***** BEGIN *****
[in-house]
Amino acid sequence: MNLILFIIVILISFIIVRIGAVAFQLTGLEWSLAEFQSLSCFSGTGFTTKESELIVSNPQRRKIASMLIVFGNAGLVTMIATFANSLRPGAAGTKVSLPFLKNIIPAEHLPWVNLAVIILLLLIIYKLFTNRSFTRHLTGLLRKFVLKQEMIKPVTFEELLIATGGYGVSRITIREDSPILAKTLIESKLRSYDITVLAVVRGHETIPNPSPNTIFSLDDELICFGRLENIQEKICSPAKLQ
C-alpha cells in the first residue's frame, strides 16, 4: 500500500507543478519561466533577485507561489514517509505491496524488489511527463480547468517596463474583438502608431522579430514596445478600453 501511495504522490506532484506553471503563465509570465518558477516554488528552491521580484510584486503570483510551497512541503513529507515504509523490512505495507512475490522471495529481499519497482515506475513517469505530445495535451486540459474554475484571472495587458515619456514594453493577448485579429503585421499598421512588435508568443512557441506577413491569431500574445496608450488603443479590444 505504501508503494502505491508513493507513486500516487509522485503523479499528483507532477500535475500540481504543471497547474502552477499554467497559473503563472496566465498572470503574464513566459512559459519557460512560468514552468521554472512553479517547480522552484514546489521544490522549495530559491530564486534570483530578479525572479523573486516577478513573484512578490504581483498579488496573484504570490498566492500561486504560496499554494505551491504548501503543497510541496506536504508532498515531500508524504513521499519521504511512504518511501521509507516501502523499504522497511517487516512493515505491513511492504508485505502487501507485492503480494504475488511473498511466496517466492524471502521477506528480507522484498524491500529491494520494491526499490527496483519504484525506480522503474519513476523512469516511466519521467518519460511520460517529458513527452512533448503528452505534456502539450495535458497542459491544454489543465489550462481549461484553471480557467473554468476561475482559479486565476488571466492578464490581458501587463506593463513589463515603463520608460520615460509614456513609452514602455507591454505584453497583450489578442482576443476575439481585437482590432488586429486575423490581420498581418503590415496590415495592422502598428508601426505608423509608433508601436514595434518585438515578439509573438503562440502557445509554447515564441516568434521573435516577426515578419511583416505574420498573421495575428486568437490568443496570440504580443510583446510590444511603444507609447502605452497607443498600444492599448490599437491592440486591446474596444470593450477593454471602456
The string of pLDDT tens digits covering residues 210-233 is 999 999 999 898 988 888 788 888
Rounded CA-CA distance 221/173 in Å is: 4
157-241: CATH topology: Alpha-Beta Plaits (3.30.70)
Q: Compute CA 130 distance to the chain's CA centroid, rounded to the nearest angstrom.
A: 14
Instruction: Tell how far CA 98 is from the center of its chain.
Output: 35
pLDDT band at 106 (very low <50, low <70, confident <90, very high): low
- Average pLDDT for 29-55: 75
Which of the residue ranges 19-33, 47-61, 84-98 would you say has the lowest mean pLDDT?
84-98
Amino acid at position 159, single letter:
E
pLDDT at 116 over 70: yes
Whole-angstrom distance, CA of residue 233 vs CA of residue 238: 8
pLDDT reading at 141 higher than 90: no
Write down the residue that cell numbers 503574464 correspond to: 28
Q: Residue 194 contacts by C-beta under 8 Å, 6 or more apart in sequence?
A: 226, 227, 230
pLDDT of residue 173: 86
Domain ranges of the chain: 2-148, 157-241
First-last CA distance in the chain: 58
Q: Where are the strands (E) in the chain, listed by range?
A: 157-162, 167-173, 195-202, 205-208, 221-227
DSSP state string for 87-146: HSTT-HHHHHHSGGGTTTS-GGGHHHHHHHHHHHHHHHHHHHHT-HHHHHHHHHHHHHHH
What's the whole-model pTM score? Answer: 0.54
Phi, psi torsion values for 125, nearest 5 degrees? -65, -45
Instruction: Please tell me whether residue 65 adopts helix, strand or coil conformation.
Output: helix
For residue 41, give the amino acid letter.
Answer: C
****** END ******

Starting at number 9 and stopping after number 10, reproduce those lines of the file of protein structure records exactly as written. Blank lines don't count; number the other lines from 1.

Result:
Instruction: Tell how far CA 98 is from the center of its chain.
Output: 35